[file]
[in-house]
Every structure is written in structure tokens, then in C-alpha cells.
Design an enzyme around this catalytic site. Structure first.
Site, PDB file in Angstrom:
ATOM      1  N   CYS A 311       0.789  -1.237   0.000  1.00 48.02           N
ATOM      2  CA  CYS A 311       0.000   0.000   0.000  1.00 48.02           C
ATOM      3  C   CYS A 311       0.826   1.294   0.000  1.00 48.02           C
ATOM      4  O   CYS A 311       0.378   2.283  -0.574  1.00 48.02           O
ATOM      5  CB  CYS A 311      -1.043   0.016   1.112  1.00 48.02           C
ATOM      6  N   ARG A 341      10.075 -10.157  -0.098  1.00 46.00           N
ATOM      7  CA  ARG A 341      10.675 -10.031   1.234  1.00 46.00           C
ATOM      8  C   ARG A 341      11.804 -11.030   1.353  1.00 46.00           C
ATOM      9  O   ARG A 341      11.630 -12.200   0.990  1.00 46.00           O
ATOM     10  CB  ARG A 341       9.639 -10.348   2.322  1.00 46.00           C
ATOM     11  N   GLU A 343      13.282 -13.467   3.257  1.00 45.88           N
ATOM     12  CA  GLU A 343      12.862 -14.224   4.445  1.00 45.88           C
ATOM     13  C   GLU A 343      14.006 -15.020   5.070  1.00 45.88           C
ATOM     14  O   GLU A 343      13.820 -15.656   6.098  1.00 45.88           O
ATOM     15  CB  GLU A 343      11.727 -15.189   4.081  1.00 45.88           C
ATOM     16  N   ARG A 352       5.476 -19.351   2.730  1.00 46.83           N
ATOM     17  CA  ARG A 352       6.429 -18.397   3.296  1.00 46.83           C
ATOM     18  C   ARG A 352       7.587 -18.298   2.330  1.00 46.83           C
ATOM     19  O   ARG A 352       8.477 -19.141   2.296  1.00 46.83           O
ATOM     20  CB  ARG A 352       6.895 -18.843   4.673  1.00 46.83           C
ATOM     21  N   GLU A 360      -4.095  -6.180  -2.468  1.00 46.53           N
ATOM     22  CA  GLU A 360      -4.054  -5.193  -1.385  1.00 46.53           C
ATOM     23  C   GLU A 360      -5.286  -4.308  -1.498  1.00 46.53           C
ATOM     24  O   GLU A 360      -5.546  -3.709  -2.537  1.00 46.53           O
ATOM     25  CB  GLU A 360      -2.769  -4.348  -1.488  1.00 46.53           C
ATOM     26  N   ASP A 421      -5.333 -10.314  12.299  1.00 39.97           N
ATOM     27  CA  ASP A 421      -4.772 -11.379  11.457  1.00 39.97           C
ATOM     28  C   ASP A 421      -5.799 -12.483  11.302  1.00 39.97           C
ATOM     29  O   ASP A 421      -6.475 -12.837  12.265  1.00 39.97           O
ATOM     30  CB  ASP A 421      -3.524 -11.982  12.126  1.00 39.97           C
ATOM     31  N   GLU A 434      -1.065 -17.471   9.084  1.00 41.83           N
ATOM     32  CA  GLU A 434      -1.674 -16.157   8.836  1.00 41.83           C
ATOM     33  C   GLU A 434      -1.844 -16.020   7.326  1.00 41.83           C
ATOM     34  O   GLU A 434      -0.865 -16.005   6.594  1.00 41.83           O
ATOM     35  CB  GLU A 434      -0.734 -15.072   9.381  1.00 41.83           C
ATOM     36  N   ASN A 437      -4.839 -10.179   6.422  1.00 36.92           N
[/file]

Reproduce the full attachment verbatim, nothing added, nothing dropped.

[in-house]
Every structure is written in structure tokens, then in C-alpha cells.
Design an enzyme around this catalytic site. Structure first.
Site, PDB file in Angstrom:
ATOM      1  N   CYS A 311       0.789  -1.237   0.000  1.00 48.02           N
ATOM      2  CA  CYS A 311       0.000   0.000   0.000  1.00 48.02           C
ATOM      3  C   CYS A 311       0.826   1.294   0.000  1.00 48.02           C
ATOM      4  O   CYS A 311       0.378   2.283  -0.574  1.00 48.02           O
ATOM      5  CB  CYS A 311      -1.043   0.016   1.112  1.00 48.02           C
ATOM      6  N   ARG A 341      10.075 -10.157  -0.098  1.00 46.00           N
ATOM      7  CA  ARG A 341      10.675 -10.031   1.234  1.00 46.00           C
ATOM      8  C   ARG A 341      11.804 -11.030   1.353  1.00 46.00           C
ATOM      9  O   ARG A 341      11.630 -12.200   0.990  1.00 46.00           O
ATOM     10  CB  ARG A 341       9.639 -10.348   2.322  1.00 46.00           C
ATOM     11  N   GLU A 343      13.282 -13.467   3.257  1.00 45.88           N
ATOM     12  CA  GLU A 343      12.862 -14.224   4.445  1.00 45.88           C
ATOM     13  C   GLU A 343      14.006 -15.020   5.070  1.00 45.88           C
ATOM     14  O   GLU A 343      13.820 -15.656   6.098  1.00 45.88           O
ATOM     15  CB  GLU A 343      11.727 -15.189   4.081  1.00 45.88           C
ATOM     16  N   ARG A 352       5.476 -19.351   2.730  1.00 46.83           N
ATOM     17  CA  ARG A 352       6.429 -18.397   3.296  1.00 46.83           C
ATOM     18  C   ARG A 352       7.587 -18.298   2.330  1.00 46.83           C
ATOM     19  O   ARG A 352       8.477 -19.141   2.296  1.00 46.83           O
ATOM     20  CB  ARG A 352       6.895 -18.843   4.673  1.00 46.83           C
ATOM     21  N   GLU A 360      -4.095  -6.180  -2.468  1.00 46.53           N
ATOM     22  CA  GLU A 360      -4.054  -5.193  -1.385  1.00 46.53           C
ATOM     23  C   GLU A 360      -5.286  -4.308  -1.498  1.00 46.53           C
ATOM     24  O   GLU A 360      -5.546  -3.709  -2.537  1.00 46.53           O
ATOM     25  CB  GLU A 360      -2.769  -4.348  -1.488  1.00 46.53           C
ATOM     26  N   ASP A 421      -5.333 -10.314  12.299  1.00 39.97           N
ATOM     27  CA  ASP A 421      -4.772 -11.379  11.457  1.00 39.97           C
ATOM     28  C   ASP A 421      -5.799 -12.483  11.302  1.00 39.97           C
ATOM     29  O   ASP A 421      -6.475 -12.837  12.265  1.00 39.97           O
ATOM     30  CB  ASP A 421      -3.524 -11.982  12.126  1.00 39.97           C
ATOM     31  N   GLU A 434      -1.065 -17.471   9.084  1.00 41.83           N
ATOM     32  CA  GLU A 434      -1.674 -16.157   8.836  1.00 41.83           C
ATOM     33  C   GLU A 434      -1.844 -16.020   7.326  1.00 41.83           C
ATOM     34  O   GLU A 434      -0.865 -16.005   6.594  1.00 41.83           O
ATOM     35  CB  GLU A 434      -0.734 -15.072   9.381  1.00 41.83           C
ATOM     36  N   ASN A 437      -4.839 -10.179   6.422  1.00 36.92           N